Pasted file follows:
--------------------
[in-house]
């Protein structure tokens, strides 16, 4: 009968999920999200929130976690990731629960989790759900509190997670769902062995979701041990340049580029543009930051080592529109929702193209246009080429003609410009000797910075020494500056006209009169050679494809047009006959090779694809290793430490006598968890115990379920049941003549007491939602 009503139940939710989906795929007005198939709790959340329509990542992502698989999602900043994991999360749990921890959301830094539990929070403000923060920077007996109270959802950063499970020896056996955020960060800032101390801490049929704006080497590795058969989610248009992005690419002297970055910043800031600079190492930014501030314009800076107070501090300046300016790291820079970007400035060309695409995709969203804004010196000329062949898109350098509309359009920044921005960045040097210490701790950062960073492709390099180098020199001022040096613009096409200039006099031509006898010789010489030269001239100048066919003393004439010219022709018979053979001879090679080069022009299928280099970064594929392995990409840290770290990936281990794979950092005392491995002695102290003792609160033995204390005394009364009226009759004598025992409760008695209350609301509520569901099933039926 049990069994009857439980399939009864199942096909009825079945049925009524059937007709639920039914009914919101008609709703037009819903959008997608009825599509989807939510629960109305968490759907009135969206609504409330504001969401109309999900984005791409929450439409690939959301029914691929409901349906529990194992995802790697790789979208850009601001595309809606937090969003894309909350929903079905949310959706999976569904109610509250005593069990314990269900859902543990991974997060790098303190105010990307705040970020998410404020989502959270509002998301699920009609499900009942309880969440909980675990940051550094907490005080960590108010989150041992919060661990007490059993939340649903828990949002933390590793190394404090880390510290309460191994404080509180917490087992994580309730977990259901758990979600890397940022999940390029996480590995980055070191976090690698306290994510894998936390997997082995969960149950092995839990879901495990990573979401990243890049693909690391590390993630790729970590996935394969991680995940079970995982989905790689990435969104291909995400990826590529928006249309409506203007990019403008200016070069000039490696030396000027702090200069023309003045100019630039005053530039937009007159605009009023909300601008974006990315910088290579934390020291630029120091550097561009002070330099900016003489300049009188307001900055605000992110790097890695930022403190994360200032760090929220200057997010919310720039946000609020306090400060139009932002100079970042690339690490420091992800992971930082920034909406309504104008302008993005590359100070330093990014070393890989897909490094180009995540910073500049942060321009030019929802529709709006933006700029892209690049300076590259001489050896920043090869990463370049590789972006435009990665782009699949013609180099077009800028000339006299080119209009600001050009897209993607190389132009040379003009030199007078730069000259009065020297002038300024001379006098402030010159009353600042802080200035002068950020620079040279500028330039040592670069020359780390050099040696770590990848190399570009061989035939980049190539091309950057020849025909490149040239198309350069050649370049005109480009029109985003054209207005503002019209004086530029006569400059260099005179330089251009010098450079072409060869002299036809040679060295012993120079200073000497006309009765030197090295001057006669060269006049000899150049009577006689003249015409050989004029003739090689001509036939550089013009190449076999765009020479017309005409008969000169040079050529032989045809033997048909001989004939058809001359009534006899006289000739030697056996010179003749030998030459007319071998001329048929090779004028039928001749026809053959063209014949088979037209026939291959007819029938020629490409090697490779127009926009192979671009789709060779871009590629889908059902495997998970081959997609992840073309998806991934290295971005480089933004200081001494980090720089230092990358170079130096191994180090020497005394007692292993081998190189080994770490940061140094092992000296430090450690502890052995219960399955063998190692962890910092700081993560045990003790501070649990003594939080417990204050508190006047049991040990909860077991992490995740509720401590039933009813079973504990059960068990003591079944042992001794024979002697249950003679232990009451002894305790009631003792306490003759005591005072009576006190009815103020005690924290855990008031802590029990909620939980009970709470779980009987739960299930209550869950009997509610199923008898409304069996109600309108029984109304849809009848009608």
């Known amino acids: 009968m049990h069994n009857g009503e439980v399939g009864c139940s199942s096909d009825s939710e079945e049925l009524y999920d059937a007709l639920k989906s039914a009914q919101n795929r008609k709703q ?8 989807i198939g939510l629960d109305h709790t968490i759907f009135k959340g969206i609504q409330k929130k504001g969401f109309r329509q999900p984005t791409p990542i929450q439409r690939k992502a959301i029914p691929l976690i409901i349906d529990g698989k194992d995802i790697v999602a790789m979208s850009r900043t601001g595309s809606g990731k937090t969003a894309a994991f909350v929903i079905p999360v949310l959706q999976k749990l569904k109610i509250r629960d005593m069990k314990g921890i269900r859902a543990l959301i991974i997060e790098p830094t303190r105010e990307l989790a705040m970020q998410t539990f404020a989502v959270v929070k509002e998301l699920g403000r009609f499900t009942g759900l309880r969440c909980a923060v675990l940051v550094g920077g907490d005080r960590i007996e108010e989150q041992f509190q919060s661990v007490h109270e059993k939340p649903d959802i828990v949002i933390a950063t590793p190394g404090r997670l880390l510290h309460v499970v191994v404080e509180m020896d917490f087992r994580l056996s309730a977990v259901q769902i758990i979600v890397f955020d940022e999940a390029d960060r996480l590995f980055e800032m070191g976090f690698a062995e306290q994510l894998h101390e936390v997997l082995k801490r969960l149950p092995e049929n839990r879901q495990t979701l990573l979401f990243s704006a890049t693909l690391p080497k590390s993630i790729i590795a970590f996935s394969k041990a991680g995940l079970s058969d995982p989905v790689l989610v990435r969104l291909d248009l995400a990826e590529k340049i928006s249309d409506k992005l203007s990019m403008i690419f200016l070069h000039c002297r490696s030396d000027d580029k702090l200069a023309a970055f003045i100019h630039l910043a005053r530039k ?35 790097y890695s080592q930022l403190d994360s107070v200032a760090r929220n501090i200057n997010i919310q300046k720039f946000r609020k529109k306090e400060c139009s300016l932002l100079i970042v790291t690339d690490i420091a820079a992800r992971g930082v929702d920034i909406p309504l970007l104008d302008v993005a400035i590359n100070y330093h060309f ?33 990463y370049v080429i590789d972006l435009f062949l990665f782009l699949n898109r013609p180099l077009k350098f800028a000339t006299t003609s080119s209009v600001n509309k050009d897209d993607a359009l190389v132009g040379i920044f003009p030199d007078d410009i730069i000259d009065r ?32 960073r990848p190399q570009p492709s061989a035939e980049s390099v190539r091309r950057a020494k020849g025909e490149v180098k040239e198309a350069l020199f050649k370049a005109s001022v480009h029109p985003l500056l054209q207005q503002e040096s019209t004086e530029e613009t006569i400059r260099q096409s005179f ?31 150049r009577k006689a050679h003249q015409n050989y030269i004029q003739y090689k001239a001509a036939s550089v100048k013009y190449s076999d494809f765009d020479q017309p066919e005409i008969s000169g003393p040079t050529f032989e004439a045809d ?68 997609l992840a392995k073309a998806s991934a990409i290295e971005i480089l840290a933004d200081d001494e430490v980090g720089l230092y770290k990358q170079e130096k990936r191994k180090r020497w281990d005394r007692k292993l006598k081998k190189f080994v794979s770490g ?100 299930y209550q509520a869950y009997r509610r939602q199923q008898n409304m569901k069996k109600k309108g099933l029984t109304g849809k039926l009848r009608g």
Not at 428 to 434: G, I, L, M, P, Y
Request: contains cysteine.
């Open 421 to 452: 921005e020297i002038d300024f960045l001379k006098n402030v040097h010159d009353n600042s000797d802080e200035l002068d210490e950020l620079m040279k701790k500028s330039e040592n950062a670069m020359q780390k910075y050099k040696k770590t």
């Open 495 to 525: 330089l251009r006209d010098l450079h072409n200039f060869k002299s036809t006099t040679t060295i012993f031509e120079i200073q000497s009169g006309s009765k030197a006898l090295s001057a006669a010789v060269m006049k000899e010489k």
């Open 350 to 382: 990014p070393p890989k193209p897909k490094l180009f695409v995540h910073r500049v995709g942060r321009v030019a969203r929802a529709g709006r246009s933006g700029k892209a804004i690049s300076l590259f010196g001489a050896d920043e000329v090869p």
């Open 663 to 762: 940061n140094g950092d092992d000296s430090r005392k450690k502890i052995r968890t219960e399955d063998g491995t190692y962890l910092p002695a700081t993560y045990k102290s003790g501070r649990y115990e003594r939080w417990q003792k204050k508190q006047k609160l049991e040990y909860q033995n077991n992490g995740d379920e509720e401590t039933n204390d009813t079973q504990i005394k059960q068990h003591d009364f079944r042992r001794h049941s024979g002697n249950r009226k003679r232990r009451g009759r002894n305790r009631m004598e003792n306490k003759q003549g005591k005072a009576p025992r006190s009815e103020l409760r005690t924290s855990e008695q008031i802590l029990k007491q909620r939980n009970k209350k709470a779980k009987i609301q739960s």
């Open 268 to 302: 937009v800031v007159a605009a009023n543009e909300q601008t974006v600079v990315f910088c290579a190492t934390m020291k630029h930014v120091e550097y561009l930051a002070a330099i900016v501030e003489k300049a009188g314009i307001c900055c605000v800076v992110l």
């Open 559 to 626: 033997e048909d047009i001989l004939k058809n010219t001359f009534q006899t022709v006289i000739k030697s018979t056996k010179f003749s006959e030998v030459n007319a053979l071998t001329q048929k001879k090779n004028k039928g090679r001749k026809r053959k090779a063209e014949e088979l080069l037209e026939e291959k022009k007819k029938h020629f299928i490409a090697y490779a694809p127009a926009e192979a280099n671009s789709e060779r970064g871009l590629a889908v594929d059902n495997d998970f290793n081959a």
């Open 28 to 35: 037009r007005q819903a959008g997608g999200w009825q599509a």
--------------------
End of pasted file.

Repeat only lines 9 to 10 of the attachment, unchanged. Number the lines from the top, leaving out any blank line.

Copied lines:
């Open 663 to 762: 940061n140094g950092d092992d000296s430090r005392k450690k502890i052995r968890t219960e399955d063998g491995t190692y962890l910092p002695a700081t993560y045990k102290s003790g501070r649990y115990e003594r939080w417990q003792k204050k508190q006047k609160l049991e040990y909860q033995n077991n992490g995740d379920e509720e401590t039933n204390d009813t079973q504990i005394k059960q068990h003591d009364f079944r042992r001794h049941s024979g002697n249950r009226k003679r232990r009451g009759r002894n305790r009631m004598e003792n306490k003759q003549g005591k005072a009576p025992r006190s009815e103020l409760r005690t924290s855990e008695q008031i802590l029990k007491q909620r939980n009970k209350k709470a779980k009987i609301q739960s």
């Open 268 to 302: 937009v800031v007159a605009a009023n543009e909300q601008t974006v600079v990315f910088c290579a190492t934390m020291k630029h930014v120091e550097y561009l930051a002070a330099i900016v501030e003489k300049a009188g314009i307001c900055c605000v800076v992110l």